March 2012
Volume 53, Issue 14
Free
ARVO Annual Meeting Abstract  |   March 2012
Comparison of Fixation Target Stability for RareBit and Humphrey Visual Field Tests
Author Affiliations & Notes
  • Shawn R. Lin
    Stanford University School of Medicine, Stanford, California
  • Isabella N. Lai
    Stanford University School of Medicine, Stanford, California
  • Sanjeev Dutta
    Stanford University School of Medicine, Stanford, California
  • Kuldev Singh
    Stanford University School of Medicine, Stanford, California
  • Robert T. Chang
    Stanford University School of Medicine, Stanford, California
  • Footnotes
    Commercial Relationships  Shawn R. Lin, None; Isabella N. Lai, None; Sanjeev Dutta, None; Kuldev Singh, None; Robert T. Chang, None
  • Footnotes
    Support  Stanford Medical Scholars Grant #10610
Investigative Ophthalmology & Visual Science March 2012, Vol.53, 198. doi:
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      Shawn R. Lin, Isabella N. Lai, Sanjeev Dutta, Kuldev Singh, Robert T. Chang; Comparison of Fixation Target Stability for RareBit and Humphrey Visual Field Tests. Invest. Ophthalmol. Vis. Sci. 2012;53(14):198.

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      © ARVO (1962-2015); The Authors (2016-present)

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Abstract
 
Purpose:
 

To compare fixation stability and fatigue when testing with the Humphrey Field Analyzer (HVF, static fixation target) versus RareBit perimetry (RBP, kinetic fixation target) using a video gaze tracker.

 
Methods:
 

Fourteen healthy subjects were tested in one eye using an ASL Mobile Eye Tracker as they completed both HVF 10-2 and RBP Central Field tests. All video gaze data was recorded at a rate of 30 Hz. Fixation stability was calculated as the distance in degree minutes from the fixation target to the subject’s actual gaze. In order to determine fixation fatigue for each test, the amount of unfixated time (eyes closed or >20º from target) was measured for each subject. Subjects were also surveyed to find out which test they preferred.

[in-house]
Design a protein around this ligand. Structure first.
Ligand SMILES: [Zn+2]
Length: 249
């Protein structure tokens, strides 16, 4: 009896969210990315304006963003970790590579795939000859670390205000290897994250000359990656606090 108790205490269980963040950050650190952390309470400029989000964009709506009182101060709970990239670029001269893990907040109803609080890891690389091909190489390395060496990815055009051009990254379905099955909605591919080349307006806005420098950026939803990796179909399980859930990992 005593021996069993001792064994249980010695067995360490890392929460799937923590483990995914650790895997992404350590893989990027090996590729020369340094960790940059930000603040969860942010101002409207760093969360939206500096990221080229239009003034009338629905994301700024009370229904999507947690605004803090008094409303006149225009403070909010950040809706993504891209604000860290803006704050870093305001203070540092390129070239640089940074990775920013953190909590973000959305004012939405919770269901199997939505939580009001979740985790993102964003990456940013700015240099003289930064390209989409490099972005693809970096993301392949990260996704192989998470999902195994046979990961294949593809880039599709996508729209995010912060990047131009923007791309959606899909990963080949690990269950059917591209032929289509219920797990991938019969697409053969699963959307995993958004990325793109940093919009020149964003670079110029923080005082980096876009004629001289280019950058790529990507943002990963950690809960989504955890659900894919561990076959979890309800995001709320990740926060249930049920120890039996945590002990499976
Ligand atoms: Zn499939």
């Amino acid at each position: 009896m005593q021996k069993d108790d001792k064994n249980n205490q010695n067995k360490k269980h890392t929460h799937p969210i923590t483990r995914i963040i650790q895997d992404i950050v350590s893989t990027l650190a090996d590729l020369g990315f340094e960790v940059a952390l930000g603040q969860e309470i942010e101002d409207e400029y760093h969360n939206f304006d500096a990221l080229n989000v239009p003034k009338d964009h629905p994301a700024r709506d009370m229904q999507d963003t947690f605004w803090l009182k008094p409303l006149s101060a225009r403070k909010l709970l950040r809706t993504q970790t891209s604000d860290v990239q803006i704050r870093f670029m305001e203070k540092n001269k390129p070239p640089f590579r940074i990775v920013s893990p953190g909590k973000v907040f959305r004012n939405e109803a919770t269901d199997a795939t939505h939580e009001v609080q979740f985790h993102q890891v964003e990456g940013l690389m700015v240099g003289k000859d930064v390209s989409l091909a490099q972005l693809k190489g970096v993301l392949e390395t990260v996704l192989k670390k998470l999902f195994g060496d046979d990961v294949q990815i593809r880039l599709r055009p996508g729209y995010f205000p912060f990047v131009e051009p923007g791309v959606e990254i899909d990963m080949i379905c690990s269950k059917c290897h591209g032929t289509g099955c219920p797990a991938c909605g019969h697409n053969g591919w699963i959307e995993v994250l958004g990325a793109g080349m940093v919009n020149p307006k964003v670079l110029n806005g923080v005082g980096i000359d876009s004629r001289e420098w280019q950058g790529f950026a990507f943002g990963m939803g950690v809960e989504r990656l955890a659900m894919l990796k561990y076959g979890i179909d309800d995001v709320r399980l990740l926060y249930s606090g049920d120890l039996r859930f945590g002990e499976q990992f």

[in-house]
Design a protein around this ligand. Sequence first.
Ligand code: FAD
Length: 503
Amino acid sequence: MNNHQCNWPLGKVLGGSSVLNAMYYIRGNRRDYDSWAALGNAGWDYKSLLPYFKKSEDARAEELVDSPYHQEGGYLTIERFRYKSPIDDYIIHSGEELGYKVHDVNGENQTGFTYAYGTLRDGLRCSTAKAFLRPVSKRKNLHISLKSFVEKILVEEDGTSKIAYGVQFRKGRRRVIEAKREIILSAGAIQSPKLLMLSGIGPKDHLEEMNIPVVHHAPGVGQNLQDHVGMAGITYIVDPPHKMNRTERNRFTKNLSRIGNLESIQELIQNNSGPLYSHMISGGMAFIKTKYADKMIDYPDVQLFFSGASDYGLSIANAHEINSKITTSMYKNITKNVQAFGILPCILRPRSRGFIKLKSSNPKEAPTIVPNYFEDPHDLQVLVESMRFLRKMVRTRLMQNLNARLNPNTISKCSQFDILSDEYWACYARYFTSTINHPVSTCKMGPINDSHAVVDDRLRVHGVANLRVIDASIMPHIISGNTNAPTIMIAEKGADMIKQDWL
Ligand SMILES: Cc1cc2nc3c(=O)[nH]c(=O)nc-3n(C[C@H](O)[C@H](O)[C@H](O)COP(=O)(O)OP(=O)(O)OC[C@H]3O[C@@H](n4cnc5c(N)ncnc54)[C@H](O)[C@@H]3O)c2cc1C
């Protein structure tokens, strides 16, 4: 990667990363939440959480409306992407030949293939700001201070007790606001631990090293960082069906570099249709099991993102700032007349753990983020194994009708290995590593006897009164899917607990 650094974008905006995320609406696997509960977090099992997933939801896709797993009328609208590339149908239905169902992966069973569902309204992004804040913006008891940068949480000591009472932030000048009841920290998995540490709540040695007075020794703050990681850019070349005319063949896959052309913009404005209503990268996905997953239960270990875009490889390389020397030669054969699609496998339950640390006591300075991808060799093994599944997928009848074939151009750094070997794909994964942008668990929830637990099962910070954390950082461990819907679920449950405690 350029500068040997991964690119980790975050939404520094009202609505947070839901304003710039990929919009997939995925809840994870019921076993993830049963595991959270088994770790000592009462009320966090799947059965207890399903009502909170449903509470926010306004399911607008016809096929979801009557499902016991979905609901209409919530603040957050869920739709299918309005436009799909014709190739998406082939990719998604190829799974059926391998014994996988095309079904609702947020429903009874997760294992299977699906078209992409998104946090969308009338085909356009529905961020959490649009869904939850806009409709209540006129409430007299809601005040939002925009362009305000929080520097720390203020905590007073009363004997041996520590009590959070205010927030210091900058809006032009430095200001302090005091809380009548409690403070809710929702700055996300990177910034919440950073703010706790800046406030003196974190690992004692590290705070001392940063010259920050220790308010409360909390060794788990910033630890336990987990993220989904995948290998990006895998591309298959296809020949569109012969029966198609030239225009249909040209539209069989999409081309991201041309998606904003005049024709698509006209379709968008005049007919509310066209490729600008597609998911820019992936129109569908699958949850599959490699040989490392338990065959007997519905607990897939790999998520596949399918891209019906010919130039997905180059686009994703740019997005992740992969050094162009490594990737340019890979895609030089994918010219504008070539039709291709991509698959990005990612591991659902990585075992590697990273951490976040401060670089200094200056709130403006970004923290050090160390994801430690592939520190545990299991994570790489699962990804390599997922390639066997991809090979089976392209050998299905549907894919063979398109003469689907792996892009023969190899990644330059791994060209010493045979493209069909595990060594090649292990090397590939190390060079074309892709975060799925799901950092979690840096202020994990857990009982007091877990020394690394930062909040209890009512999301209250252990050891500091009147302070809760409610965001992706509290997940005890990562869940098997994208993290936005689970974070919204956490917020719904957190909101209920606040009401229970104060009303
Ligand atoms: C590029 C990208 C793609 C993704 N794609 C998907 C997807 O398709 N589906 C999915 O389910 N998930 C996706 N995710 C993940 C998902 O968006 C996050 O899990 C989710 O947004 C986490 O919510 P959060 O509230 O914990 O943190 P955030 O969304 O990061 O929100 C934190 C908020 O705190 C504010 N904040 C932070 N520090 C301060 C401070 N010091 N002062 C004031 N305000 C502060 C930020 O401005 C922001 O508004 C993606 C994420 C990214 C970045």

Results:
 

The kinetic RBP test resulted, on average, in 18% better fixation stability relative to the HVF test (p=0.02). A total of 9 out of 14 study subjects demonstrated better fixation stability with the kinetic RBP target, 3 showed approximately equal fixation stability with both tests, and 2 had better fixation stability with the static HVF target.Subjects spent a significantly longer amount of time unfixated during the HVF test (10.0 seconds) relative to the RBP test (0.9 seconds) (p=0.002). Eighty six percent of study subjects reported a preference for the RBP field test.

 
Conclusions:
 

The use of a RBP kinetic fixation target is associated with more consistent fixation stability and less fixation fatigue during visual field testing than the HVF static target. The reduced fatigue with RBP may, at least partially, account for the greater comfort reported with this test relative to the HVF test.  

 

 
Keywords: visual fields • perimetry • neuro-ophthalmology: diagnosis 
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